Portland Matchmaker Wrap-Up

The New England Regional Matchmaker that we hosted in Portland in late April was a rousing success. The organizing team and I were very happy to see so many of you in attendance.

There were a total of 185 small business registrations, out of a total of over 300 participants. The small business training sessions on Thursday afternoon were extremely well attended and the evening networking reception was packed. During the Friday session, we had some great speakers, as well as video presentations from all four of Maine’s Congressional delegation. The 31 matching tables were busy all day as were the 12 resource provider tables.

I wanted to thank all of you that participated, in any capacity, especially our presenters. Special thanks go out to our Co-Sponsors; the New Hampshire PTAC and the US Small Business Administration (SBA) as well as to our generous donors; BAE Systems, KMK Construction and the Maine International Trade Center (MITC). Extra special thanks go to our Friday speakers, Chris Averill, Regional Administrator of the US General Services Administration (GSA) and Wendell Davis, Regional Administrator from the US SBA.

Many of you, our small business clients, took important first steps at this event, to make a connection or perhaps even pursue some business. Don’t let the momentum slide, however. Follow-up with the folks that you met. Your local PTAC Counselor is ready and waiting to assist you.
Ken Bloch
Maine PTAC Program Manager
Cybersecurity Requirements

A hot topic both in government contracting and in our daily lives is cybersecurity. It’s not unusual to open a paper or turn on the television to a new report of a breach by a hacker. In 2016, 95% of breached records came from government, retail or technology industries.

In Maine, 99.3% of our businesses are considered to be “small businesses” by federal guidelines. The last thing to cross your mind between the scheduling, the ordering of product, making payroll, etc. is cybersecurity, but 43% of cyber-attacks will target small businesses. However, there is no need to hit the panic button, but there is a need to be aware of the possible threats and have a cybersecurity plan in place; especially if you plan on doing work with the federal government.

Last month, Maine PTAC Counselors attended two separate conferences and learned how to better serve businesses that are looking to address cybersecurity concerns. To learn more reach out to your local PTAC counselor or visit www.maineptac.org to find one.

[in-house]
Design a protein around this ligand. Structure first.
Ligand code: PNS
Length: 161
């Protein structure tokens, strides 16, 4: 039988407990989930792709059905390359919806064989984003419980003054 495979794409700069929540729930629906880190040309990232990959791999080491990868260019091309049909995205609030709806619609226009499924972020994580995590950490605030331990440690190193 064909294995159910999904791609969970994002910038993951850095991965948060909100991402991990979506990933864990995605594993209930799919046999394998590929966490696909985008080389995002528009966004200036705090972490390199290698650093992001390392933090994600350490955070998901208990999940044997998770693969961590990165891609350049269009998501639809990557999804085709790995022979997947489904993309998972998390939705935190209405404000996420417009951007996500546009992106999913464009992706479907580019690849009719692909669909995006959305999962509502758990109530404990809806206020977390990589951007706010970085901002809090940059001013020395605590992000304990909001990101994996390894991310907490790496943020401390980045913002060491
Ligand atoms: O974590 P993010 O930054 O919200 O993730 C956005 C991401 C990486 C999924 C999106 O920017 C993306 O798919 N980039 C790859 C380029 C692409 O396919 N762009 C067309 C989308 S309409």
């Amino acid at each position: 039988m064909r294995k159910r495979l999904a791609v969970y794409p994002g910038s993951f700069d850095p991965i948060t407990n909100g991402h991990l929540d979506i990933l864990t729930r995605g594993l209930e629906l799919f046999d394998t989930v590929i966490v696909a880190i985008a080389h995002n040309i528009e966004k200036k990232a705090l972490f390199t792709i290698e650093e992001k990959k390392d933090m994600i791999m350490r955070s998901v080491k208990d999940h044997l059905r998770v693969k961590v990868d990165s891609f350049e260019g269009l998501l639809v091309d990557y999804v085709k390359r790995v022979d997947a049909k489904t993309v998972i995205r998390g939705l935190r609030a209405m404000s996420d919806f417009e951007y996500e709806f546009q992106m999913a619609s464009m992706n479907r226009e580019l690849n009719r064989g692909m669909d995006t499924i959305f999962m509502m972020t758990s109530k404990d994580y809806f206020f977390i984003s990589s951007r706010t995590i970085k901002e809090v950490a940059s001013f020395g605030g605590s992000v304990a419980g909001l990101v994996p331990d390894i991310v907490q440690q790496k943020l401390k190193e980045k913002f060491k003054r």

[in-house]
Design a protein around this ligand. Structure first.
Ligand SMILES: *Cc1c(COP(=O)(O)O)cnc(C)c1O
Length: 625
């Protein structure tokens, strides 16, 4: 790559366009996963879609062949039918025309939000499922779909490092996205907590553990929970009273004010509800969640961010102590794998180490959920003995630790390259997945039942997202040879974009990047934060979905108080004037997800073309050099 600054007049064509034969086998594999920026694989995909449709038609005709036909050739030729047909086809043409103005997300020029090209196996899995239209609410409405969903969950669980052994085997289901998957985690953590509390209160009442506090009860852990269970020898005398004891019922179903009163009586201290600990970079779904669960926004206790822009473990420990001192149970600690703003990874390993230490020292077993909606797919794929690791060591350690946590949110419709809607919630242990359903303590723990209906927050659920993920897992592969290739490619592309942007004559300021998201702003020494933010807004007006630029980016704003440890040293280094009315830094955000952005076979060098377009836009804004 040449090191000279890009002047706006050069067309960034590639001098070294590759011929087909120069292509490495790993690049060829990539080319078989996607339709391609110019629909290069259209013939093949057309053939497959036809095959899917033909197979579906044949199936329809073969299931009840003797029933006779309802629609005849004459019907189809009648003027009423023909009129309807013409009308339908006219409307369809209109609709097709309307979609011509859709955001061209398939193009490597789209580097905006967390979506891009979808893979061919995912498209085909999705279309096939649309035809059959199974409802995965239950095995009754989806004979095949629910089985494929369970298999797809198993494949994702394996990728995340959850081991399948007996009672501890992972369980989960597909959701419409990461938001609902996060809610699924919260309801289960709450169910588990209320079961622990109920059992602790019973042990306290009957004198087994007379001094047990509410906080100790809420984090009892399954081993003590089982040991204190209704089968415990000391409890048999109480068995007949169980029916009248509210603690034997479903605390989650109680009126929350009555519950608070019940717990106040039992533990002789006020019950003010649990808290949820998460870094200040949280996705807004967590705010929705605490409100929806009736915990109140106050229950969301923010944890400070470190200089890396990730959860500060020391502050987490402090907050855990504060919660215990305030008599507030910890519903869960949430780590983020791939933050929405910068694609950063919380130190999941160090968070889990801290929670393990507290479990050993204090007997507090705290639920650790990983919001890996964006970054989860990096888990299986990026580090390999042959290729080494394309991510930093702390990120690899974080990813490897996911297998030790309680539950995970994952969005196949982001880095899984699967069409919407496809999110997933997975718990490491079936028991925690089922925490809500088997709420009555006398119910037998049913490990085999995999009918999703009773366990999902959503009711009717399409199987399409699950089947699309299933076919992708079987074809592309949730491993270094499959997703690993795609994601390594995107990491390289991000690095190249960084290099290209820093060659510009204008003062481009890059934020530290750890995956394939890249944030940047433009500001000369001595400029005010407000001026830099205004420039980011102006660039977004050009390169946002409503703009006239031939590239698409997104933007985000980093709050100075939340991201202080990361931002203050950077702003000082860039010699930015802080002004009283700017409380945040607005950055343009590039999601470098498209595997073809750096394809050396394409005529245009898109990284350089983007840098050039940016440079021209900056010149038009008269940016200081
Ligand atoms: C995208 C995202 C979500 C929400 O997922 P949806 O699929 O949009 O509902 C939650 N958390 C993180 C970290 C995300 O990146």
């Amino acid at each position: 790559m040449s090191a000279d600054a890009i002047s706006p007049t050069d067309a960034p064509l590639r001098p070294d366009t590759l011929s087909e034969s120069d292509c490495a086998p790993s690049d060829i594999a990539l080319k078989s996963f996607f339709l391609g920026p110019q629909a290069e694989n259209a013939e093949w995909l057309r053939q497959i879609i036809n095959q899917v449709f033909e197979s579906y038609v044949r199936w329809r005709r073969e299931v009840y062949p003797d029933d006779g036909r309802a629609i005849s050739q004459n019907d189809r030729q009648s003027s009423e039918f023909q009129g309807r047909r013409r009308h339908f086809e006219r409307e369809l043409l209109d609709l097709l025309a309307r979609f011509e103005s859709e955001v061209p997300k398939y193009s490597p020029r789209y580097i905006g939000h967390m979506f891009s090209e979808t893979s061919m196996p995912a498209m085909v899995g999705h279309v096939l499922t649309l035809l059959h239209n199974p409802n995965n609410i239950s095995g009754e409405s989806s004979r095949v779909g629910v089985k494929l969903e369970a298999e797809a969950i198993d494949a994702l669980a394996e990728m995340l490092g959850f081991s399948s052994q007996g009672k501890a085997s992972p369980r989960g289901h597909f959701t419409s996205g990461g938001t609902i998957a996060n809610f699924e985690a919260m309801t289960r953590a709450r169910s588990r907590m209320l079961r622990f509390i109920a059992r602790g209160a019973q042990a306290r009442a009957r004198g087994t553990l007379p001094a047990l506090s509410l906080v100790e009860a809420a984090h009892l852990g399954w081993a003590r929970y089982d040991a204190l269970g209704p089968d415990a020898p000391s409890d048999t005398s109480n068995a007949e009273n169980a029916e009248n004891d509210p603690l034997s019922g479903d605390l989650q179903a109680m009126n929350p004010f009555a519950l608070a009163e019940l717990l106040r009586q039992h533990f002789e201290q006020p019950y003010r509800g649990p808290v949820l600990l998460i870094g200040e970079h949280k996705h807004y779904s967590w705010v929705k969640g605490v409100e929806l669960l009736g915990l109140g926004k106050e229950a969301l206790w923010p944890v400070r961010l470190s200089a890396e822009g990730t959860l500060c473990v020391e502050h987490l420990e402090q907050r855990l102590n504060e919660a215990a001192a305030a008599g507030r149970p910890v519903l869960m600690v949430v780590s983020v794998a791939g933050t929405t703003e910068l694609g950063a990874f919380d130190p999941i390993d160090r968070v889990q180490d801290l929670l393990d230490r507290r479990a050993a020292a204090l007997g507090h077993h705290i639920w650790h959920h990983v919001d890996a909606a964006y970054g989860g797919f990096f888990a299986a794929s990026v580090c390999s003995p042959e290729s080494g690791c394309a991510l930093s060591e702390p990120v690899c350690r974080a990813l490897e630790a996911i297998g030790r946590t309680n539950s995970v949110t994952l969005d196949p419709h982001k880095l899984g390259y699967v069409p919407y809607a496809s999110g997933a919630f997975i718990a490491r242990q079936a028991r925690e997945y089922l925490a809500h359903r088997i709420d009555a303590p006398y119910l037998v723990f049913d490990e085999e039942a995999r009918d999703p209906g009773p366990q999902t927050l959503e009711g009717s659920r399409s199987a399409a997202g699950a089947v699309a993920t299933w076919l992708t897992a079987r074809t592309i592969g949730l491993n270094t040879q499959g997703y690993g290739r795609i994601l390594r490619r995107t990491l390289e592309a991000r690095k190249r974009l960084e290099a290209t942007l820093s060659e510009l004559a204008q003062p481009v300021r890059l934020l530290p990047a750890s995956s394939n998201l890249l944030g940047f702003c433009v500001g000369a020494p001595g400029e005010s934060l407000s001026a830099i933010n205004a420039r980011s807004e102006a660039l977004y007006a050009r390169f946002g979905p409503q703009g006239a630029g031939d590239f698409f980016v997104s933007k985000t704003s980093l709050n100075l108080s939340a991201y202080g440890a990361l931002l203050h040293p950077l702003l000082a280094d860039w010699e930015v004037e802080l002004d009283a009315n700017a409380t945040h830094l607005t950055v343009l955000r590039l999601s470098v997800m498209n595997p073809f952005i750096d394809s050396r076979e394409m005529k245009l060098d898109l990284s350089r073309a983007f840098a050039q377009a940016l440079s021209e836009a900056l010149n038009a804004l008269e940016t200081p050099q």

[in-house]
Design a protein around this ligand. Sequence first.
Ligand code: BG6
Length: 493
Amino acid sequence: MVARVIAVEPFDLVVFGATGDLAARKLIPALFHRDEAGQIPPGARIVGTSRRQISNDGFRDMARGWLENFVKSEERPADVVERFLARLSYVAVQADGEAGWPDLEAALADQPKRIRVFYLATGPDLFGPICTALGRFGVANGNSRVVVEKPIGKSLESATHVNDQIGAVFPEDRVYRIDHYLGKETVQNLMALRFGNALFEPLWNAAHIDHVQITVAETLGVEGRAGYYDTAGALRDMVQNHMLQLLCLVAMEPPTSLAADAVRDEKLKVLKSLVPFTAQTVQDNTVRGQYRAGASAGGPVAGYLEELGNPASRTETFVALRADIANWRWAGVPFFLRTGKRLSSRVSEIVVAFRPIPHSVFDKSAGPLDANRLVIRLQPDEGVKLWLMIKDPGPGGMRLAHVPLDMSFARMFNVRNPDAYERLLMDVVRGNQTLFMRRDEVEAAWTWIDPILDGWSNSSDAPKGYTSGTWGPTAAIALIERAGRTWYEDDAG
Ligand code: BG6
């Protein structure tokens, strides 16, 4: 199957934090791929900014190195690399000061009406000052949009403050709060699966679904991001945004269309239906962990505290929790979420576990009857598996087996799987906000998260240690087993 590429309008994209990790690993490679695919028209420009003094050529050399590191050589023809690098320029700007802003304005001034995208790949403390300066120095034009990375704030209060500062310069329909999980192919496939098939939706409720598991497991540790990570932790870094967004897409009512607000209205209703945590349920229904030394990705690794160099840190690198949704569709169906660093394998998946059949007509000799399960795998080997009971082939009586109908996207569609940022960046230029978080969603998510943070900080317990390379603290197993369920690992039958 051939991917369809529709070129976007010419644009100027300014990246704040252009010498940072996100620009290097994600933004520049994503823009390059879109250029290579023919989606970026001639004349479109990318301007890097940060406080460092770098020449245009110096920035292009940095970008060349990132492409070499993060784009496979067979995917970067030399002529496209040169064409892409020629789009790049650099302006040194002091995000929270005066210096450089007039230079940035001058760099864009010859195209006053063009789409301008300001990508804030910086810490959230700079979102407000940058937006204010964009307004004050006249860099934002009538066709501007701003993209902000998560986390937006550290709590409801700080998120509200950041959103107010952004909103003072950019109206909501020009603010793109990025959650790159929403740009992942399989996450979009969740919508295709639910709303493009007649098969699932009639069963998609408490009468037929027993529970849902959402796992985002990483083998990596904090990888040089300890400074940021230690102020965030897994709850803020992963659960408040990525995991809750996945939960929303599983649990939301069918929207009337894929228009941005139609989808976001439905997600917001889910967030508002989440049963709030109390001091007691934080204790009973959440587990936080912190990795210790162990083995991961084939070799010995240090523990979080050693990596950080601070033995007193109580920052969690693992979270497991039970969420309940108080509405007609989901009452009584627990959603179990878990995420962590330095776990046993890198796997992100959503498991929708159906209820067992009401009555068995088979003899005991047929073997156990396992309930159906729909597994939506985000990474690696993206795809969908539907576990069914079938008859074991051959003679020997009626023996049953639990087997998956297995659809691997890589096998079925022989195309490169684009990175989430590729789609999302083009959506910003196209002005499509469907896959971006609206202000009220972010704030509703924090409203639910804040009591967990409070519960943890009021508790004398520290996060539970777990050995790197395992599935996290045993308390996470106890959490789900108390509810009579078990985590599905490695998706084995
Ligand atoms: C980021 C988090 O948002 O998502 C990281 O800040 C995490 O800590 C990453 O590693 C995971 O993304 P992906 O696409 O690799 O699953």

Did You See the Change to the Joint Certification Program Procedure?

The Joint Certification Program (JCP) was established in 1985 to allow United States and Canadian contractors to apply for access to defense-related unclassified export controlled technical data/critical technology. Recently a client brought to my attention an issue they encountered with the JCP. DLA published a notice on February 1, this rule is already in effect and even if you read it you may still not understand it. Here is the notice:


DLA is enhancing its Joint Certification Program (JCP) registration and validation procedures. Selected National Stock Numbers (NSNs) will require additional permissions to access the associated technical data. In the event a vendor cannot access the technical data for a NSN in DLA cFolders and they have not completed the new required training and questionnaire, the vendor must submit a onetime request to jcpvalidation@dla.mil for technical data access consideration. If a vendor has completed the new required training and questionnaire, status inquiries are to be directed to DLAJ344DataCustodian@dla.mil .

This notice means that even if your company has a current JCP, there may be NSNs that you will not be able to see the technical documents for, until you have not gotten this enhanced certification. The notice doesn’t provide complete instructions but I found out through my client that after reaching out to the email provided in the notice they were sent a training slide deck and a questionnaire. There is no test at the end, but the client has to submit a certification on export compliance and complete a questionnaire agreeing they are in compliance with certain DFAR clauses.